Are Any Of Kellogg’s Cereals Vegan?
You’re probably beginning to wonder if any of Kellogg’s breakfast cereals are vegan…
Sorry to disappoint you, but none of Kellogg’s cereals are vegan-friendly. Even the simplest, most natural cereals still contain white sugar and vitamin D3.
This is mostly because all Kellogg’s products use the same pre-mixed vitamin and mineral mixture. Until they change this aspect of their production, all of the company’s cereals are non-vegan.
What Are Corn Flakes Made Of? Ingredients Listed
Above, I mentioned that Corn Flakes are made of relatively simple ingredients. Keep in mind that they were first created in the late-1800s before today’s highly advanced food processing equipment was around.
Despite advances in food processing technology, Kellogg’s still uses the same exact recipe that they’ve used since day one. The only thing that’s changed about the recipe is Kellogg’s adds extra vitamins and minerals to their Corn Flakes to make them more nutritious.
If you’ve ever been curious about what exactly Corn Flakes are made with, then keep on reading for a detailed explanation of each ingredient!
Here’s the short list of ingredients from the Kellogg’s website:
1) Milled Corn
Milled corn is the main ingredient in Corn Flakes and is where they get their name from. Milled corn is one of the earliest forms of corn flour and was first made by Native Americans, who’ve been cultivating corn for thousands of years.
Milled corn is very similar to corn flour. However, it has a far thicker, more coarse consistency and texture. This is because it’s made with whole corn kernels. It has a more natural color (yellow) and is more nutritious because it has higher fiber content.
Milled corn is always 100% vegan, as it’s a pure plant-based powder!
Next up, we have sugar. Sugar, in its natural form, is vegan-friendly and purely plant-based. However, to turn organic raw sugar into the more concentrated white sugar, the sugar crystals must first be filtered through animal bone char. The animal bone char comes from slaughterhouses.
This process is the reason why more and more vegans are boycotting white sugar. Instead, vegans try to look for products that contain organic unrefined cane sugar, coconut sugar, or other plant-based sweeteners.
3) Malt Flavor
Malt flavor is a flavoring additive that comes from sugar syrup. The raw, unprocessed sugar is covered in malt syrup. This is part of what’s stripped from the sugar crystals during the refining process.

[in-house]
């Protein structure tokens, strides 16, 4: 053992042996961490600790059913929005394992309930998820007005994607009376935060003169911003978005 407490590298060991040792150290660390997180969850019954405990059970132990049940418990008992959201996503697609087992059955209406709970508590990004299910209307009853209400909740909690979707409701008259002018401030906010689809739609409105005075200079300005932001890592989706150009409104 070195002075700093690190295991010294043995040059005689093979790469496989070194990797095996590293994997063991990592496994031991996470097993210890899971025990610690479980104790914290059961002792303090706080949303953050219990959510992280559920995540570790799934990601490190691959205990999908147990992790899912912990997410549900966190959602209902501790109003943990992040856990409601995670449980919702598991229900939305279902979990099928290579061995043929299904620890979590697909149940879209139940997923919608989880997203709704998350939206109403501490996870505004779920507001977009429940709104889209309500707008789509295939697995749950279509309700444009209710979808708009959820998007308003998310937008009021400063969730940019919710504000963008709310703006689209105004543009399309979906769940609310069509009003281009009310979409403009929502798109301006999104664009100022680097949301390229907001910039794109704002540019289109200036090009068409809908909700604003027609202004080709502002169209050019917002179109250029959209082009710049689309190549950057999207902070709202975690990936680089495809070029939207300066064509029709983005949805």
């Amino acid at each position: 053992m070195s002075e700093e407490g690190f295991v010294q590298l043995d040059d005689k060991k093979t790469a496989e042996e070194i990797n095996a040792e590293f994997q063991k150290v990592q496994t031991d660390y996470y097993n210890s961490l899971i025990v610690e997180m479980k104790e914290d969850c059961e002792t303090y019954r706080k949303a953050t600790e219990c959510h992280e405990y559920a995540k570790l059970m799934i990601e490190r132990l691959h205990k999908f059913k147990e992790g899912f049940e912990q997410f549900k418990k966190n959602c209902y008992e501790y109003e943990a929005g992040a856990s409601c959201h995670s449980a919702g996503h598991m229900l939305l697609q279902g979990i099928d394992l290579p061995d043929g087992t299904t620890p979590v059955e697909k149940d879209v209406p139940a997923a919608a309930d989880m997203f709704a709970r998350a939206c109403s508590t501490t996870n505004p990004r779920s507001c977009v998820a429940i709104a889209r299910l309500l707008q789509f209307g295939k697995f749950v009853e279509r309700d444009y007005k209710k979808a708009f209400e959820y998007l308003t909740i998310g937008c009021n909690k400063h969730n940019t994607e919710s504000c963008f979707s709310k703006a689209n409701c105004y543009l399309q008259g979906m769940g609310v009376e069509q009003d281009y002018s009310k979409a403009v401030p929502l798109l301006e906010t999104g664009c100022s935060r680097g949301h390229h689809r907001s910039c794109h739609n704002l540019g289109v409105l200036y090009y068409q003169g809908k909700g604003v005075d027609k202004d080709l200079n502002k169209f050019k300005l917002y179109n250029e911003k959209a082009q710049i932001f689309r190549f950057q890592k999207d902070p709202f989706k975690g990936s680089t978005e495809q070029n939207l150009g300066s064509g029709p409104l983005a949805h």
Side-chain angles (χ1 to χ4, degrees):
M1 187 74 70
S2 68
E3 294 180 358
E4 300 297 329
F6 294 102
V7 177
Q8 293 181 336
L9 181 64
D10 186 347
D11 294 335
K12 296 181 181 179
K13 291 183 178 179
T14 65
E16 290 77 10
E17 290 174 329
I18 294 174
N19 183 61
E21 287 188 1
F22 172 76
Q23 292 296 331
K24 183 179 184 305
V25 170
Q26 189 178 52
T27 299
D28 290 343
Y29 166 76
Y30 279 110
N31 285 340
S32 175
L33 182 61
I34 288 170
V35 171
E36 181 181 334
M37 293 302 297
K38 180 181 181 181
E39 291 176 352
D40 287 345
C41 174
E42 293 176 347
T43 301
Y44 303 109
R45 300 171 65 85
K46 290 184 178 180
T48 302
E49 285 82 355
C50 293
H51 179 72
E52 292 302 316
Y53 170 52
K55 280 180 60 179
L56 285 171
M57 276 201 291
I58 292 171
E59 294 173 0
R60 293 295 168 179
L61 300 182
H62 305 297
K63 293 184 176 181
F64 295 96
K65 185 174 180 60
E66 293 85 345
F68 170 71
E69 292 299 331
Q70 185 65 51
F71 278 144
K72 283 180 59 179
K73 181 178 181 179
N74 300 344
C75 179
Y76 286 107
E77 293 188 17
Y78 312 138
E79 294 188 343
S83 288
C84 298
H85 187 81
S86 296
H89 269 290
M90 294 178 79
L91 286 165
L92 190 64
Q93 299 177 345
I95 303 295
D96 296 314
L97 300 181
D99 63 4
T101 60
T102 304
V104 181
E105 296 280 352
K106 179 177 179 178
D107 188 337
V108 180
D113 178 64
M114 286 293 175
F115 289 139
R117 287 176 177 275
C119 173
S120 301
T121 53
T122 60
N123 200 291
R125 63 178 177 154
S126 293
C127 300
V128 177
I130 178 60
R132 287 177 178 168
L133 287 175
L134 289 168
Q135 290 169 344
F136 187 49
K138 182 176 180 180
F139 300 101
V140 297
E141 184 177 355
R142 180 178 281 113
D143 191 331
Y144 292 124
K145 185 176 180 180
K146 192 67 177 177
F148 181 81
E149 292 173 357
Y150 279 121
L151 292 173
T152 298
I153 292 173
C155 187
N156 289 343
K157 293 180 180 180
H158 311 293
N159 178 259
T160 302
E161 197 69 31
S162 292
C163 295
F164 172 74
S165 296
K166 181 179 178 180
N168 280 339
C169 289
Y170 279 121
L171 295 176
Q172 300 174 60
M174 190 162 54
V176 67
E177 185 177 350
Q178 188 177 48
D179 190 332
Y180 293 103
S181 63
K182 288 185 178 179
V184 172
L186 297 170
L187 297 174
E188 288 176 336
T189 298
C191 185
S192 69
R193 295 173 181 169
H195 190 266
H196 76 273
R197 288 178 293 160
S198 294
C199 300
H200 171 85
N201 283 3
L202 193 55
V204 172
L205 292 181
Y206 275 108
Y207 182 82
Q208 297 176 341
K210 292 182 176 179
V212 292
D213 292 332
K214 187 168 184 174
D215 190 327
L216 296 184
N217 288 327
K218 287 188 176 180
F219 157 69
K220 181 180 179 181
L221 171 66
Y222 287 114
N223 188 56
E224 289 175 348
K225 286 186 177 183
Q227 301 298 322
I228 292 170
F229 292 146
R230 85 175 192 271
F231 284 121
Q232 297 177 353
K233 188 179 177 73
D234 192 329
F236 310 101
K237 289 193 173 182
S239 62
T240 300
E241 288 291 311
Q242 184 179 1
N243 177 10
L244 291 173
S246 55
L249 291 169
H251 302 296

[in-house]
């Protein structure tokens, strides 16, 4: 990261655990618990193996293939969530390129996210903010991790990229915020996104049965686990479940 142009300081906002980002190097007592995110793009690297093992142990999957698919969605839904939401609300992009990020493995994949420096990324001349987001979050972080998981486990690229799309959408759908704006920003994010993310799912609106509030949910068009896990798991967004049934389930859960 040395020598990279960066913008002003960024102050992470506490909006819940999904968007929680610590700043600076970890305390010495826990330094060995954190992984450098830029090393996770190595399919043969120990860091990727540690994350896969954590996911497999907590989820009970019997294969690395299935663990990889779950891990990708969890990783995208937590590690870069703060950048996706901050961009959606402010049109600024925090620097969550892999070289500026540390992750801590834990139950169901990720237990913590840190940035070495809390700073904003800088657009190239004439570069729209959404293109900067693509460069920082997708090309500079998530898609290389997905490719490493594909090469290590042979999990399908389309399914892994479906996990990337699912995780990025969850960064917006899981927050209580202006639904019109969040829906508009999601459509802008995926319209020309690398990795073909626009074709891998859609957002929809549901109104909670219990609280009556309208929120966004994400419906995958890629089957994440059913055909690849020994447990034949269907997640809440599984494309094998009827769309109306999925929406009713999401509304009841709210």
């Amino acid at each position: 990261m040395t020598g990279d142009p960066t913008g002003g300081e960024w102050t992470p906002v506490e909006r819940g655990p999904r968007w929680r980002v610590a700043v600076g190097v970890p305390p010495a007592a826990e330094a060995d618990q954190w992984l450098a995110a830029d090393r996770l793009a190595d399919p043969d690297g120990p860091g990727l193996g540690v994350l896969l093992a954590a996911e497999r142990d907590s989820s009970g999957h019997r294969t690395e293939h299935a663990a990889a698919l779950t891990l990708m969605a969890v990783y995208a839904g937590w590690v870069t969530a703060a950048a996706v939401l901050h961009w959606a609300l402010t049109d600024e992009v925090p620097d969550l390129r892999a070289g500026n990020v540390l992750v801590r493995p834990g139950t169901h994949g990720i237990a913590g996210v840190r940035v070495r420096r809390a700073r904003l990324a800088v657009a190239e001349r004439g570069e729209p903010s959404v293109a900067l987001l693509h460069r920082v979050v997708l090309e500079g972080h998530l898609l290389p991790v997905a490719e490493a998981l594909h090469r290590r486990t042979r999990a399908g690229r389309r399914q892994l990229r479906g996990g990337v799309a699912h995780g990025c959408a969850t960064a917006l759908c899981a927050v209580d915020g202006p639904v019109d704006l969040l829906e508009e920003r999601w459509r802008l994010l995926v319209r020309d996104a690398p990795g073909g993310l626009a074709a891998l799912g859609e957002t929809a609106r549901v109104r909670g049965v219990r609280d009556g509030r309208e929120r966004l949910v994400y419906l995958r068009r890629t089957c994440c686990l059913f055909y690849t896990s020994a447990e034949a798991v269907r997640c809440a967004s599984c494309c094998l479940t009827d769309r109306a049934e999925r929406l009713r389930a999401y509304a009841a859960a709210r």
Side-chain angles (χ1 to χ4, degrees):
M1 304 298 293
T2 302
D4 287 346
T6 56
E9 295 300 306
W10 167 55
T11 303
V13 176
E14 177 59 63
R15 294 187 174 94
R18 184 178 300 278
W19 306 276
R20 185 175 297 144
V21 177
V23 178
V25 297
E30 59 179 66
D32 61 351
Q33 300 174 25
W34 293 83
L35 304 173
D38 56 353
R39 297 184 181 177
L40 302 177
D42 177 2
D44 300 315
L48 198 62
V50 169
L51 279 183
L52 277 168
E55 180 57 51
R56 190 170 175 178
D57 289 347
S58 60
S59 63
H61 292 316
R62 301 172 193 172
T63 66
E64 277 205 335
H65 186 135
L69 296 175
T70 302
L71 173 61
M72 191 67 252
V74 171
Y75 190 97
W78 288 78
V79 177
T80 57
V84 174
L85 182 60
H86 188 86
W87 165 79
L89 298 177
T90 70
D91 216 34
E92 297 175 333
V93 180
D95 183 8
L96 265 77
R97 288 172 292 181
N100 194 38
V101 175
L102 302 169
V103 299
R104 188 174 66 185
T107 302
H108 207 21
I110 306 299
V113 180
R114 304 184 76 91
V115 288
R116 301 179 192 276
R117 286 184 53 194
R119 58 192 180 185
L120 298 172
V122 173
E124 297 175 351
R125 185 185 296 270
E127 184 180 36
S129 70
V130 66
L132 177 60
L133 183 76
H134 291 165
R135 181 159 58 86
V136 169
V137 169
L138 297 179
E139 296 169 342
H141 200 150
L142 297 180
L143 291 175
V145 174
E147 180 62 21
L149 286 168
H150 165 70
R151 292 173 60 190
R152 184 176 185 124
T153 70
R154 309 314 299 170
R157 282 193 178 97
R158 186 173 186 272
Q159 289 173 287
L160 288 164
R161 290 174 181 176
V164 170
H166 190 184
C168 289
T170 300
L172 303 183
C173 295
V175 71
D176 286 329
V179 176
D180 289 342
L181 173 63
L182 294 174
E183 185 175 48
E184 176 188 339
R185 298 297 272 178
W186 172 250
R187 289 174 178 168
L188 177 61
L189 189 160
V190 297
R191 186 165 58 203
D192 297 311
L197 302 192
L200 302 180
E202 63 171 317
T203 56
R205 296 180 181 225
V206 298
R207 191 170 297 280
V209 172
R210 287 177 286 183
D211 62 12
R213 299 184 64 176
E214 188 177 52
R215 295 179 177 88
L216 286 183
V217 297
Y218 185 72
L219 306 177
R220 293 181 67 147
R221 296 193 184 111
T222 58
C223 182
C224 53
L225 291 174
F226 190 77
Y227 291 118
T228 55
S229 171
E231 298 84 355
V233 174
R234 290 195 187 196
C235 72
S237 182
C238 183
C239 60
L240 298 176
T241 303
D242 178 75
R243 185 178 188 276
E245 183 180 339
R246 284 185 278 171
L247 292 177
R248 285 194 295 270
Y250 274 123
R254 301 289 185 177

While some malt flavor comes from the sugar refining process, other malt flavors may be artificially created in a lab. It’s unclear which type of malt flavor is used by Kellogg’s. However, the malt flavor is generally regarded as a vegan-friendly flavoring.
4) Added Vitamins & Minerals
And, of course, we have some added vitamins and minerals in Kellogg’s Corn Flakes. In the US, Kellogg’s vitamin and mineral mixture include iron, niacinamide, vitamins B1, B2, B6, B12, folic acid, and vitamin D3.
While these are certainly healthy, one of them is not vegan. Vitamin D3 is obtained through processing sheep’s wool, which makes it unethical and non-vegan.
Now, some argue that sheep’s wool is vegan-friendly, as sheep kind of need to be sheared. However, sheep aren’t naturally this way.
Today’s sheep only produce so much wool because they’ve been genetically modified to do so, similar to the way that chickens are injected with growth hormone to produce larger cuts of meat.
This whole process is unusual and manipulates the natural order of things.
Additionally, the shearing process isn’t exactly a painless, ethically-driven process. Most sheep shearing facilities are packed full of underpaid workers who get paid by how much wool they can gather in a day.
Believe me – they aren’t concerned with the animal’s well-being and stress levels. Many sheep come out of their shearing sessions covered in bruises and cuts, stressed out of their minds. That, my friends, is not ethical.
The Verdict – Are Corn Flakes Vegan-Friendly?
If you’re a simple dietary vegan who’s just concerned with avoiding obvious animal ingredients, then Corn Flakes should be right up your alley.
They’re mostly natural and don’t contain obvious non-vegan additives like gelatin, animal fat, or dairy. However, they do contain white sugar and vitamin D3, which most ethical vegans stay away from.
If you’re tired of reading through ingredients labels and hyper-analyzing your cereal, then you might be better off buying certified vegan cereals. Keep on reading to see my list of the best vegan cereal brands next!